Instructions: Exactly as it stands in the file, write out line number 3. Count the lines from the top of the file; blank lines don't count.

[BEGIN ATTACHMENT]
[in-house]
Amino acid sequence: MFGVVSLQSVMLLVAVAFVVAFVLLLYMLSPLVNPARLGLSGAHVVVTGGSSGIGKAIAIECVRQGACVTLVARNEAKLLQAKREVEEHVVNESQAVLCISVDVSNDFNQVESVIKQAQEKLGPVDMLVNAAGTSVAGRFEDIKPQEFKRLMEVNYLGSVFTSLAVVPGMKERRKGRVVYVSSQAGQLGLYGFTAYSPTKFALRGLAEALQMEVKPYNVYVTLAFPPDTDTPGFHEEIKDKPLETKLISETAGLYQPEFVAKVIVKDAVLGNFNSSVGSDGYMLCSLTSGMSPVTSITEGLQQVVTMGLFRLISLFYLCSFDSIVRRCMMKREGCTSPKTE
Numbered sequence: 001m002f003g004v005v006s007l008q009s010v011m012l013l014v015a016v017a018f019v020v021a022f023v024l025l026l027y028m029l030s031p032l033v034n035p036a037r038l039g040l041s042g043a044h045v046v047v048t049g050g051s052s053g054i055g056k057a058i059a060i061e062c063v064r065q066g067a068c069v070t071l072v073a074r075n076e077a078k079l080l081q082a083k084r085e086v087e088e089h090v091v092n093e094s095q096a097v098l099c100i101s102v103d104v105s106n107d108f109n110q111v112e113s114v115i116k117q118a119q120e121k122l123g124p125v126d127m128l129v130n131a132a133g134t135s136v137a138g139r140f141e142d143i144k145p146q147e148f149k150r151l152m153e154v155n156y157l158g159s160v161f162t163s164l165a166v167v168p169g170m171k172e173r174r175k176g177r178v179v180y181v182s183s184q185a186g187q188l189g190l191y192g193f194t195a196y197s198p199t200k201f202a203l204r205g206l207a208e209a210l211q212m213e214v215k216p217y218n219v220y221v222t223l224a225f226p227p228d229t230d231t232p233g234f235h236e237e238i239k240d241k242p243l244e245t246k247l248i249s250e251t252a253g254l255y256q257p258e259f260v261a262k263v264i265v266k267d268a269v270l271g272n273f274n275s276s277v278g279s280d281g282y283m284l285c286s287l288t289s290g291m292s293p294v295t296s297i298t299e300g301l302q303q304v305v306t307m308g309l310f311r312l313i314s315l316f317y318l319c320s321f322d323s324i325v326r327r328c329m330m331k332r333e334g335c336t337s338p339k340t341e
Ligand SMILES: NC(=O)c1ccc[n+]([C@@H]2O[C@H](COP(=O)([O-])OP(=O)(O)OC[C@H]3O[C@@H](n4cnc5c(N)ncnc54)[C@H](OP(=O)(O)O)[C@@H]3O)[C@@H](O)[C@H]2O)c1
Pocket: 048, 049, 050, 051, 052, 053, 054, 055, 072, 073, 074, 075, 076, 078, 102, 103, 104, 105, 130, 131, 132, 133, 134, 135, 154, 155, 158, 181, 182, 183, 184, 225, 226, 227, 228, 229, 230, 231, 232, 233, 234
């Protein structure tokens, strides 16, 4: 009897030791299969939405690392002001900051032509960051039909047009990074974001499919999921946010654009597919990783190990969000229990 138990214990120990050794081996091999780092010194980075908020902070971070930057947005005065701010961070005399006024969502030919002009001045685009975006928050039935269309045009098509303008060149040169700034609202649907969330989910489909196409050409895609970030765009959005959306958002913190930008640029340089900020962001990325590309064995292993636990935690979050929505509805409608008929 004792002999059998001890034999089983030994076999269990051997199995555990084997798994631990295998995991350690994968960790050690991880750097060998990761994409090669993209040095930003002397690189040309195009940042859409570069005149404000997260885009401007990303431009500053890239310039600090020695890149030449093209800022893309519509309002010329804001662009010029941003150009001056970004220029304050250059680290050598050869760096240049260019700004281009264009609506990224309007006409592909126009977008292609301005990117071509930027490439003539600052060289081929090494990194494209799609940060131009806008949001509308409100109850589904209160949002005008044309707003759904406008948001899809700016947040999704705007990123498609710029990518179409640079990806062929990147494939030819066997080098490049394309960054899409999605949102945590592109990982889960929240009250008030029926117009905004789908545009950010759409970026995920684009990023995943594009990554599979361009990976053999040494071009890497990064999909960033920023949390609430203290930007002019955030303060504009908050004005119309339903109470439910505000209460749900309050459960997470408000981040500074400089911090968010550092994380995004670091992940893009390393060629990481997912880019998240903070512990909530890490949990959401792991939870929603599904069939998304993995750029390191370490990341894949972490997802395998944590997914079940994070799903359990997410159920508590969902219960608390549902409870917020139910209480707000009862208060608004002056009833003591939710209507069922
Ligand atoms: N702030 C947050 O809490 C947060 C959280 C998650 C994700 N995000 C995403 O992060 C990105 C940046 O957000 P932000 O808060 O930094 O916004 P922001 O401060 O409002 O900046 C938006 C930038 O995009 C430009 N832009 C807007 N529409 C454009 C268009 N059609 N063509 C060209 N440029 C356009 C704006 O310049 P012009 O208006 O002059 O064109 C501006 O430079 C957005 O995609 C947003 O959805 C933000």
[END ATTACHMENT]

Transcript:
Numbered sequence: 001m002f003g004v005v006s007l008q009s010v011m012l013l014v015a016v017a018f019v020v021a022f023v024l025l026l027y028m029l030s031p032l033v034n035p036a037r038l039g040l041s042g043a044h045v046v047v048t049g050g051s052s053g054i055g056k057a058i059a060i061e062c063v064r065q066g067a068c069v070t071l072v073a074r075n076e077a078k079l080l081q082a083k084r085e086v087e088e089h090v091v092n093e094s095q096a097v098l099c100i101s102v103d104v105s106n107d108f109n110q111v112e113s114v115i116k117q118a119q120e121k122l123g124p125v126d127m128l129v130n131a132a133g134t135s136v137a138g139r140f141e142d143i144k145p146q147e148f149k150r151l152m153e154v155n156y157l158g159s160v161f162t163s164l165a166v167v168p169g170m171k172e173r174r175k176g177r178v179v180y181v182s183s184q185a186g187q188l189g190l191y192g193f194t195a196y197s198p199t200k201f202a203l204r205g206l207a208e209a210l211q212m213e214v215k216p217y218n219v220y221v222t223l224a225f226p227p228d229t230d231t232p233g234f235h236e237e238i239k240d241k242p243l244e245t246k247l248i249s250e251t252a253g254l255y256q257p258e259f260v261a262k263v264i265v266k267d268a269v270l271g272n273f274n275s276s277v278g279s280d281g282y283m284l285c286s287l288t289s290g291m292s293p294v295t296s297i298t299e300g301l302q303q304v305v306t307m308g309l310f311r312l313i314s315l316f317y318l319c320s321f322d323s324i325v326r327r328c329m330m331k332r333e334g335c336t337s338p339k340t341e